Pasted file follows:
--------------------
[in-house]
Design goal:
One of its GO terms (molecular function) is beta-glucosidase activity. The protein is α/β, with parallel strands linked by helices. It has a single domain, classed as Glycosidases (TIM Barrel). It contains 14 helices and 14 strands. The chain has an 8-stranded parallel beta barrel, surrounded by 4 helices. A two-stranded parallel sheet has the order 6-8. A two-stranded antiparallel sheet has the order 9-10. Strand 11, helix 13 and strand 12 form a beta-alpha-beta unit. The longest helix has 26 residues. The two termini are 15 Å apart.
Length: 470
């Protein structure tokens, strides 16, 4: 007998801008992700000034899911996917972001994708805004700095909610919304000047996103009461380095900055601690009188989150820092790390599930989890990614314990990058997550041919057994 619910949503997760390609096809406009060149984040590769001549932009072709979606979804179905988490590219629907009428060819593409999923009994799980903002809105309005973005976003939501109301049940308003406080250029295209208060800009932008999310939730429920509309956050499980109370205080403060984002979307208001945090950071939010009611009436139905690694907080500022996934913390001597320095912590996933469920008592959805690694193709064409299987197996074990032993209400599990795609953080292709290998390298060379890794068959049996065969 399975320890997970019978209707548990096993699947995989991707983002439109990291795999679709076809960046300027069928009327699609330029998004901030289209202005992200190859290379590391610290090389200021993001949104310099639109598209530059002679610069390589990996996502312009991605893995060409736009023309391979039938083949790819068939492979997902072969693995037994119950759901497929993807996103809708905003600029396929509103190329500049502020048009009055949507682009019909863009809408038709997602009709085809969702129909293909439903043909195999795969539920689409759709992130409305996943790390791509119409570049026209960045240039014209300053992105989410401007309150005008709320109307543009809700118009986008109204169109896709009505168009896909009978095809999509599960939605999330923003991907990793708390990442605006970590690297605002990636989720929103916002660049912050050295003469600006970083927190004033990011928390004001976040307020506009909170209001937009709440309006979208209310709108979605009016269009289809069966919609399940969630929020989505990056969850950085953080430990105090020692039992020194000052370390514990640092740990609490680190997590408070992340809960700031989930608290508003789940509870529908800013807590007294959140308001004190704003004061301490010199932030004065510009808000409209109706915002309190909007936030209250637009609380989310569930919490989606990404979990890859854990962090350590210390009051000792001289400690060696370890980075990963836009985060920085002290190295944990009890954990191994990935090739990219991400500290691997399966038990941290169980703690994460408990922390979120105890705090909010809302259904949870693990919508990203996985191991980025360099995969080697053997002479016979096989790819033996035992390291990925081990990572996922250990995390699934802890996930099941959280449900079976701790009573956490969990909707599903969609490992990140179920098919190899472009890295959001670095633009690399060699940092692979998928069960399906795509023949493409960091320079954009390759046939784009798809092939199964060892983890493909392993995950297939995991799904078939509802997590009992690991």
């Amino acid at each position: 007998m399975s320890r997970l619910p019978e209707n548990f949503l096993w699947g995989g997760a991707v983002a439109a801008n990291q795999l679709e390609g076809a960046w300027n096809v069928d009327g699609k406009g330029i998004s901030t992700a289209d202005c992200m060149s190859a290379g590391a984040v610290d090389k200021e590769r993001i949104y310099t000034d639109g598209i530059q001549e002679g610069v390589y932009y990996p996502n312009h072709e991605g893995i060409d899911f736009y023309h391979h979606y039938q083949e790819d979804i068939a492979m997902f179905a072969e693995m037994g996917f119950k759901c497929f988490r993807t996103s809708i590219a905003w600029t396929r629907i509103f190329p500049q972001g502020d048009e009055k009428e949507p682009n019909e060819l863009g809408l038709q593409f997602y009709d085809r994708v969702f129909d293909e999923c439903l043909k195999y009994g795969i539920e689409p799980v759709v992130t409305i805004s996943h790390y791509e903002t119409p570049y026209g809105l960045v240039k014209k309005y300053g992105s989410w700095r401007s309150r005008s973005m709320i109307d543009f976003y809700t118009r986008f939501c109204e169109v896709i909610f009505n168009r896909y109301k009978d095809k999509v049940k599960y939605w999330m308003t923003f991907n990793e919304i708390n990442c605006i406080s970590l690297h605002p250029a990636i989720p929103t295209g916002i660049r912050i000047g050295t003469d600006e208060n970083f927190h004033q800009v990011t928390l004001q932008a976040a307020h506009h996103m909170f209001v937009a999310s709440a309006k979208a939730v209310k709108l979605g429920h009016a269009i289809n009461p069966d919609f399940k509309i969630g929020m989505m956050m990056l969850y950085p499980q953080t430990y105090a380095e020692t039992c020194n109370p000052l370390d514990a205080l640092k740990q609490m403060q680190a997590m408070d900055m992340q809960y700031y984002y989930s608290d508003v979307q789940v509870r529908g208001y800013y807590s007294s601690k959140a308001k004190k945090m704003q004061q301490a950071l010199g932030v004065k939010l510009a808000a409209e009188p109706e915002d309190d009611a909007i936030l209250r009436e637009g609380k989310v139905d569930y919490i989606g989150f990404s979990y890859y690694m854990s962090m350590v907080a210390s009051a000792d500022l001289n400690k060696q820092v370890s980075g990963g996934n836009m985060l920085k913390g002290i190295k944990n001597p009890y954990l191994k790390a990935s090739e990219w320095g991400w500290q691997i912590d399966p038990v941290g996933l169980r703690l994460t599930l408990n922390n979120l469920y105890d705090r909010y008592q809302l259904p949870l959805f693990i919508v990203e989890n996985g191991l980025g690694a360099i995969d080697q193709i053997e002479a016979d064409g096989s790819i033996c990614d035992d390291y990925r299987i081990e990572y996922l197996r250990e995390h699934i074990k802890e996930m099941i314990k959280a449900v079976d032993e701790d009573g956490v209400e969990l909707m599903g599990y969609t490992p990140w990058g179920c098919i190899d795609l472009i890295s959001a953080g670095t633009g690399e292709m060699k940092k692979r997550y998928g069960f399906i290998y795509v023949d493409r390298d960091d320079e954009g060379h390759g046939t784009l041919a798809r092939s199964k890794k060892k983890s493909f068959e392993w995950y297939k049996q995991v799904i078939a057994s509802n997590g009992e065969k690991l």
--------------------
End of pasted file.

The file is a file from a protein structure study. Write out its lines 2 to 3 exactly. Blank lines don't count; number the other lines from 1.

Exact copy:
Design goal:
One of its GO terms (molecular function) is beta-glucosidase activity. The protein is α/β, with parallel strands linked by helices. It has a single domain, classed as Glycosidases (TIM Barrel). It contains 14 helices and 14 strands. The chain has an 8-stranded parallel beta barrel, surrounded by 4 helices. A two-stranded parallel sheet has the order 6-8. A two-stranded antiparallel sheet has the order 9-10. Strand 11, helix 13 and strand 12 form a beta-alpha-beta unit. The longest helix has 26 residues. The two termini are 15 Å apart.